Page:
Research Unit B5 investigates the implications of alternative concepts of monetary policy, the measurement of central bank independence, and the transmission of shocks within alternative exchange rate regimes.
Monetary policy operates via interest rates, exchange rates and credit allocation effects. At the moment, financial structures, credit relations and central bank operating procedures differ between European countries. This may lead to a divergent impact of a common monetary policy on output in the member countries of the prospective European Monetary Union. Differences in the monetary transmission mechanism in the European Union will be investigated and their relevance for changes in output will be assessed (Wesche).
It is widely accepted that central bank independence is a prerequisite for monetary stability. The degree of central bank independence is usually measured by the legal status of the central bank. Yet, the performance of the central bank regarding output and price level stability depends on its actual degree of independence. A means of revealing factual central bank independence is to measure output and inflation variances, implying the development of a non-normative theory of central bank independence (Neumann).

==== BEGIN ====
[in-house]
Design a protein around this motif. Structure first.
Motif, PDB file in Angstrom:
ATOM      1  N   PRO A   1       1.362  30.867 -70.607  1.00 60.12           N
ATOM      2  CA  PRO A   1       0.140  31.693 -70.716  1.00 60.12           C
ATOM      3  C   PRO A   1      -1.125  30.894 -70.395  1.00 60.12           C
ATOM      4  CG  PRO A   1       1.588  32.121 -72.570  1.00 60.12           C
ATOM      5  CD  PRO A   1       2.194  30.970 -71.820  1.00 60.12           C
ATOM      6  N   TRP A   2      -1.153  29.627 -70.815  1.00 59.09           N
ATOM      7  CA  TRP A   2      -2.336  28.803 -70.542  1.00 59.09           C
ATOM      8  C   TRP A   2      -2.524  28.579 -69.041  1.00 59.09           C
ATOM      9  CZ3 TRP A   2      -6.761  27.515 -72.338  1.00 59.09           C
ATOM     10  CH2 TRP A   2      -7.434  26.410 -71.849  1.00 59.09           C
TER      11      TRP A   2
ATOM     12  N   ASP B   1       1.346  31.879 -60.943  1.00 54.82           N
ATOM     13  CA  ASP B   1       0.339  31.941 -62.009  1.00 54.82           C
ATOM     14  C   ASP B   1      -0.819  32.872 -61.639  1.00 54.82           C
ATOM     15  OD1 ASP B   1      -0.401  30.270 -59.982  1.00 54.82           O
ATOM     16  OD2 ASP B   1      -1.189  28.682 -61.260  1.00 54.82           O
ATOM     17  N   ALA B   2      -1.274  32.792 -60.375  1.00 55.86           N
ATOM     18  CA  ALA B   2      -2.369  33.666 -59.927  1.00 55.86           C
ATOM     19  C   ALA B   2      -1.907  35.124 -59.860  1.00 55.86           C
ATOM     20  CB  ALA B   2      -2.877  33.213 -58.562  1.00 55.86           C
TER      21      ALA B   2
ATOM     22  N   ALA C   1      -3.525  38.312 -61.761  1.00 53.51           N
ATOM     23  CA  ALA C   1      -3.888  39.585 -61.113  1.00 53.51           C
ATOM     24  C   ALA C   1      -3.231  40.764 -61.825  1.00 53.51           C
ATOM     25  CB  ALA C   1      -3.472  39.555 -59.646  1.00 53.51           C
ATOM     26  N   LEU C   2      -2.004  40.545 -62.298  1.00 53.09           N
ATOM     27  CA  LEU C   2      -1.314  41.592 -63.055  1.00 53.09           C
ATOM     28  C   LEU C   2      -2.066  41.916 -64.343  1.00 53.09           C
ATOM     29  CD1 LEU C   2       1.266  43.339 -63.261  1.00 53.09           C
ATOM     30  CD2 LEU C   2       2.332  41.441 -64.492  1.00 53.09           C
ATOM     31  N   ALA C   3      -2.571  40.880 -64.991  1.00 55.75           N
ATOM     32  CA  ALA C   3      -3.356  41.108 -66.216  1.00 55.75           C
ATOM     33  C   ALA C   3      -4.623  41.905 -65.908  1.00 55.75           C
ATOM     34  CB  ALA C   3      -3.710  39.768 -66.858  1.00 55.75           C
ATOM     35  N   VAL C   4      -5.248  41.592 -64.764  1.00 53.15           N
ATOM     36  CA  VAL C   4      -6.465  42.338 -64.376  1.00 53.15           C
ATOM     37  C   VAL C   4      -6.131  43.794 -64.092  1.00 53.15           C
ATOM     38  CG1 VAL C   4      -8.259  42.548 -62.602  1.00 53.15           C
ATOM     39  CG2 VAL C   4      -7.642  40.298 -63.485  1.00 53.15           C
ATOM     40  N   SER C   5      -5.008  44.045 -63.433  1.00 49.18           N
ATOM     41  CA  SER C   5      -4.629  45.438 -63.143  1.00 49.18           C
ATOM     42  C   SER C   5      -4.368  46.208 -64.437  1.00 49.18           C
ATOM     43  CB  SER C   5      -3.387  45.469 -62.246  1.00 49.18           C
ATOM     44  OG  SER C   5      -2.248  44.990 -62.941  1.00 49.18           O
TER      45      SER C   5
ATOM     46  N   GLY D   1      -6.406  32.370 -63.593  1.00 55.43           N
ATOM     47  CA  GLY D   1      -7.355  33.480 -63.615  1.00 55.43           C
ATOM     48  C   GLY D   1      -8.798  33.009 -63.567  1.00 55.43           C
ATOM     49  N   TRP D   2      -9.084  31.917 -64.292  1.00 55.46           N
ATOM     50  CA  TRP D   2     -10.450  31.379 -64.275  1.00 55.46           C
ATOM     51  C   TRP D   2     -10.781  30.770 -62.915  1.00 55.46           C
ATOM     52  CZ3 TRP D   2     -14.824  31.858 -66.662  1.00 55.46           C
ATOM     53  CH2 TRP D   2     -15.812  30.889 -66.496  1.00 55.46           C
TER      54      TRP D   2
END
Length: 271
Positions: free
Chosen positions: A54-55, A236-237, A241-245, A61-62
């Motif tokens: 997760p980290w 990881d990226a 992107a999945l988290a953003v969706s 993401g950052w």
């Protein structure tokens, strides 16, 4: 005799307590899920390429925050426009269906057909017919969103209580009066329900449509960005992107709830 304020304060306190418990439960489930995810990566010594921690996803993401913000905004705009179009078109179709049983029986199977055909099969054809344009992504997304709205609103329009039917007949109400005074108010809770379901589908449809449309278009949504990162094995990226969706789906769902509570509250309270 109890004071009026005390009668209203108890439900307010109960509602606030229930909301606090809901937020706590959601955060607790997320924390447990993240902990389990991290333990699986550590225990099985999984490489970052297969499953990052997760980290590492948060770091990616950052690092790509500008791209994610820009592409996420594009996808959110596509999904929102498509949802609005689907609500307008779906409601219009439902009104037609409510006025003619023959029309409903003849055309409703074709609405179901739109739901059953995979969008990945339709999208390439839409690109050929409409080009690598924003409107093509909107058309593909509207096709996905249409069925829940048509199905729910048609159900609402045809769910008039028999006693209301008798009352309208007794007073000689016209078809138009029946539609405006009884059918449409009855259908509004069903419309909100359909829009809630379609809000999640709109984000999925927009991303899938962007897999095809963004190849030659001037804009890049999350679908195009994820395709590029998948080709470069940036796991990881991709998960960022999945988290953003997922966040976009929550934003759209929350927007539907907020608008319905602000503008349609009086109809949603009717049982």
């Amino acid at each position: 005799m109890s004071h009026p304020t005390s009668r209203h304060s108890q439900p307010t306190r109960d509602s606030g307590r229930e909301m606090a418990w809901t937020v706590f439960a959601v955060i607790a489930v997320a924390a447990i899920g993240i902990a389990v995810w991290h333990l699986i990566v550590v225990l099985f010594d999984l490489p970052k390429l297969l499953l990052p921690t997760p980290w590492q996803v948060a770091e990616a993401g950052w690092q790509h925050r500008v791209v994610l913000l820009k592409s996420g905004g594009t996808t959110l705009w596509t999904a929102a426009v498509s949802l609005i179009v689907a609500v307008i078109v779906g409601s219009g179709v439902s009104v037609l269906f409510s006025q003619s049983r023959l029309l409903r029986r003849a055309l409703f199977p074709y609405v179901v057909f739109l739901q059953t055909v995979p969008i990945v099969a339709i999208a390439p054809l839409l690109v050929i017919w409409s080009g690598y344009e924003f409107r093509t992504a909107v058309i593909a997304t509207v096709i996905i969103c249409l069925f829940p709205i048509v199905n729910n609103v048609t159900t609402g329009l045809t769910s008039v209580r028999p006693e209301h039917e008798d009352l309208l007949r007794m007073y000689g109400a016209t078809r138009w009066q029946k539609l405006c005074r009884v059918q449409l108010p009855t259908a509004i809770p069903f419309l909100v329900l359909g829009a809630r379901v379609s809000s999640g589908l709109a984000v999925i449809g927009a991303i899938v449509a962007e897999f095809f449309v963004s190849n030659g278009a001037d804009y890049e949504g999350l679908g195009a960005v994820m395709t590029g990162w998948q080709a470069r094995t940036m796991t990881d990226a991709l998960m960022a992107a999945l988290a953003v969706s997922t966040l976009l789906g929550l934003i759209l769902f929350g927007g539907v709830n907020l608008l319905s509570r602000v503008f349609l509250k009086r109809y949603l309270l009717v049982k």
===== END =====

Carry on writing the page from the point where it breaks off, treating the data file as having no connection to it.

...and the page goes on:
The transmission of shocks and monetary interdependencies in alternative exchange rate regimes are an important topic in the present European Monetary System and play an important role in the design of the EMS II. In this context, it is instructive to identify the predominant real and monetary shocks and their transmission mechanisms using structural empirical models (Weidmann). Another issue are the determinants of speculative attacks and the central banks' reaction to exchange rate fluctuations. Testing the effectiveness of central bank intervention will allow for a bi-directional causality between interventions and exchange rates. The impact of supply and demand shocks on the exchange rate will be investigated using structural vector autoregression (Weber).
After European Monetary Union will have been established, regional real shocks can no longer be absorbed by exchange rate movements, so that factor markets - and in particular the labor market - will have to bear the burden of adjustment. On the other hand, exchange rate volatility as a source of uncertainty ceases to exist. In order to assess the magnitude and importance of these effects, the role of trade for employment as a whole as well as its components (skilled and unskilled labor) will be investigated in various manufacturing industries (Kohns).
08.09.2000, © Webmaster